I had a bit of an epiphany on Wednesday morning as I voluntarily spent 40 minutes running up flights stairs at the Hollywood Bowl with November Project Los Angeles. (A little background on November Project, it's a free fitness movement in 30 different cities. Anyone and everyone is encouraged to #JustShowUp to workout with a supportive, inclusive and bad ass group of people. It's the most fun you will ever have working out and if they're in your city, figure it out and become a part of the tribe.) Towards the end of the workout, when I felt like collapsing but managed to continue forward, I thought, "When did this become possible?"
I've run 5 marathons now and the morning of every single one of them, I sat in my bed thinking, "There's no way I can do this." But I can! And I do! The same thing happens when I have to do push ups. I have convinced myself that I can't do a single push up, then I try, and realize I can do a bunch. (OK like 7-10 but still!) I can't seem to wrap my head around the fact that I can do 5 push ups or run a marathon because I still think of myself as an un-athletic person. Wednesday was the first time that I didn't look up at the GIANT bowl before we took off and decide (or even think), "Nope. I can't do this." I just went.
Before I started running, I used to Google "What can I do to make running easier" in hopes that I could figure out how to enjoy running. Honestly, I don't think running gets easier! I think you end up addicted to what running does for your life and you learn to love how you feel when you know you're putting your strongest foot forward. So even though it hurts, it stops feeling hopeless and impossible...does that make sense? If you need more convincing, here are 8 ways to make running "easier"-
1. Don't do it alone if you don't have to.
It's not impossible to become a runner on your own but if you can, make running friends. Go show up to a November Project in your city, join a Lululemon or Nike Run Club, they are both free! Turn to Google to see if there's a running club in your city that you could join. It doesn't matter if you can't run a mile to save your life, you will never be left behind. The running community is so supportive and inclusive, all you have to do is show up. Find a support system! I trained for my first half marathon and marathon alone and didn't run with another human being for an entire year so yes, I know it's doable. I regret not getting over my fear of running with anyone else sooner.
2. Set some stakes.
If you hate running, why do you want to run? There are probably 800 other things you can do to get your heart rate up that will suck infinitely less than running during those first few weeks. Netflix is one sneaky bastard and if you're going to find a way to motivate yourself to go for a run after a 10 or 12 hour day instead of sitting on a couch enjoying Netflix, you have to care A F*CKING LOT. Had I not been going through what I was going through, I probably never would have start running. I was in so much pain after losing my brother that running a marathon sounded like a better option than sitting on the couch. That's how big my stakes were. Find a reason to run a race or a certain distance. Losing weight for your wedding? Great goal! But those stakes aren't high enough. Make it personal and then make it count.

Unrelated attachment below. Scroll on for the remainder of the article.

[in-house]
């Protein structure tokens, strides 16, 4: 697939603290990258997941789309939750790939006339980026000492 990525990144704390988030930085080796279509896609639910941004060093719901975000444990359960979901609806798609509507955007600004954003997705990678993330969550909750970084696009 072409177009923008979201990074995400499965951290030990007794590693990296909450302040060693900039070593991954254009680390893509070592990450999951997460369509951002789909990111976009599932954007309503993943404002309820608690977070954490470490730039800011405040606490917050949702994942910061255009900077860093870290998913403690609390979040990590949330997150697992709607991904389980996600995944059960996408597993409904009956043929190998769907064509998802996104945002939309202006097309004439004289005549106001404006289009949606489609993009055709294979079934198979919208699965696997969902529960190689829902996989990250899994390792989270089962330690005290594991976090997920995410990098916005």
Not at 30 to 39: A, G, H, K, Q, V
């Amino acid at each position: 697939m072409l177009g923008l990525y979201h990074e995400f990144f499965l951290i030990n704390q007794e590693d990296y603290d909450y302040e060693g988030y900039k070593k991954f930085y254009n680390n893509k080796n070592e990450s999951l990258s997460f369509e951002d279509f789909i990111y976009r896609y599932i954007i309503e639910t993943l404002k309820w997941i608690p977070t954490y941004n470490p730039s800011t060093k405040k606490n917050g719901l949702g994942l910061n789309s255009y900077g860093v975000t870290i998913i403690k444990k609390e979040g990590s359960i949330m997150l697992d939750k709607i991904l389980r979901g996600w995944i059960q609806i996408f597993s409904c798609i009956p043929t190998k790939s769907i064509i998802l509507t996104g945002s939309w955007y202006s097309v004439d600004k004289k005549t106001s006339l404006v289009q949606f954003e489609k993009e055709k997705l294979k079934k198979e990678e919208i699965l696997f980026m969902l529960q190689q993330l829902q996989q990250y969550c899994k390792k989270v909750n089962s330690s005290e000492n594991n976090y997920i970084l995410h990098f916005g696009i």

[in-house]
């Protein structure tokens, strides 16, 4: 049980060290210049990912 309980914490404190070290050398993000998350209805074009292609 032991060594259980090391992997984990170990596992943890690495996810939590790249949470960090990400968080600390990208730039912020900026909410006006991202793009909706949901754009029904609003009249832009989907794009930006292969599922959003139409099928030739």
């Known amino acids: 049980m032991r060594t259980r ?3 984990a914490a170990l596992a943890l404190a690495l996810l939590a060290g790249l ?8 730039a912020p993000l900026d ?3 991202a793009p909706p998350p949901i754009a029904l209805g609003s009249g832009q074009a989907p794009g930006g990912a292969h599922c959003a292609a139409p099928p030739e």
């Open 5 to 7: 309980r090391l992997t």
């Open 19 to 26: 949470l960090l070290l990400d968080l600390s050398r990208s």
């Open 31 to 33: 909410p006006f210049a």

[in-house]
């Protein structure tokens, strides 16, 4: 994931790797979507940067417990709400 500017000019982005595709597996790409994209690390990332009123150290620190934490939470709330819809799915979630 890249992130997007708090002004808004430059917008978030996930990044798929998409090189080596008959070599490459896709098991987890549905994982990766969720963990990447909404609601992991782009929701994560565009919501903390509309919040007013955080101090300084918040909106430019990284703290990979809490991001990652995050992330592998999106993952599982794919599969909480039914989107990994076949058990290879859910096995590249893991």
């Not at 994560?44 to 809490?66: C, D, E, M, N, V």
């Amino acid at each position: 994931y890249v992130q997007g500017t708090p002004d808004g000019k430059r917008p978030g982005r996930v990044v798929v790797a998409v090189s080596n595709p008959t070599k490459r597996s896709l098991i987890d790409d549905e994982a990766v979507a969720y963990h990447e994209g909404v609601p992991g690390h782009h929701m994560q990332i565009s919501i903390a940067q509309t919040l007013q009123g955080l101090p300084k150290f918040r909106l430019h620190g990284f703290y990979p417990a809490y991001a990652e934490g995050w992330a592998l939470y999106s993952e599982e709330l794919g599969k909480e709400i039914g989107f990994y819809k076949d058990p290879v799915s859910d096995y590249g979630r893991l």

3. Write your goals down.
Running feels impossible because it seems unattainable. It's probably impossible for you to picture the day when you will take off and think, "Man this is easy and fun. I definitely don't regret running today!" But that day is so much closer than you think! That's why I suggest signing up for a race like a 5K, a 10K or a half marathon. (You can go for a marathon but...only if you REALLY want to). Then, get a training plan and every week, right down on a calendar that you can see with your eyes what days you are goint to run and how far you are going to go. Be painstakingly specific. When you do that, you box out doubts. When you know what you have to do, running feels a tiny bit less awful and impossible.
4. Celebrate the tiny wins.
Celebrate every single time you do what you set out to do. When it comes to running it is not one giant step, it's a billion tiny ones. You don't have to go forward, you just have to go. You may feel like you're running in place or in circles but as long as you're running, it doesn't matter. You'll go forward eventually.
5. Find some inspiration.
Online there are millions of supportive runners looking to build each other up. From Runner's World, to Reddit, Twitter, and Instagram, there are tons of people who are just getting started and ready to support you every step of the way. Go find them. Use them.
6. Get distracted.
Music, podcasts, books on tape, other people you can converse with, mind games-these are a few of the many ways you can distract yourself when you run. Some people run without music. I had to learn how to do that so find what works for you!
7. Keep track of your progress!
From a selfie every run to a few simple thoughts, there will come a day when you will look at those logs and think, "Look how far I've come." It's the best feeling in the world. Don't rob yourself of that moment. Keep track of your progress!
8. Be patient.
Don't get discouraged if, at three months, you are still are struggling. For some people it takes a few weeks and others it takes months. If you're at the 2 or 3 month mark and it still sucks, it may be time to change things up. Find different people to run with or a new way to cross train. Running really is a mental sport and chances are, you just need more time. Be patient.
JUST DON'T GIVE UP! Set a goal and work to make it a reality. And most importantly, try to have fun! Running isn't impossible, it just isn't easy! You can do it. Just take that first step.
Until next time, #RunSelfieRepeat.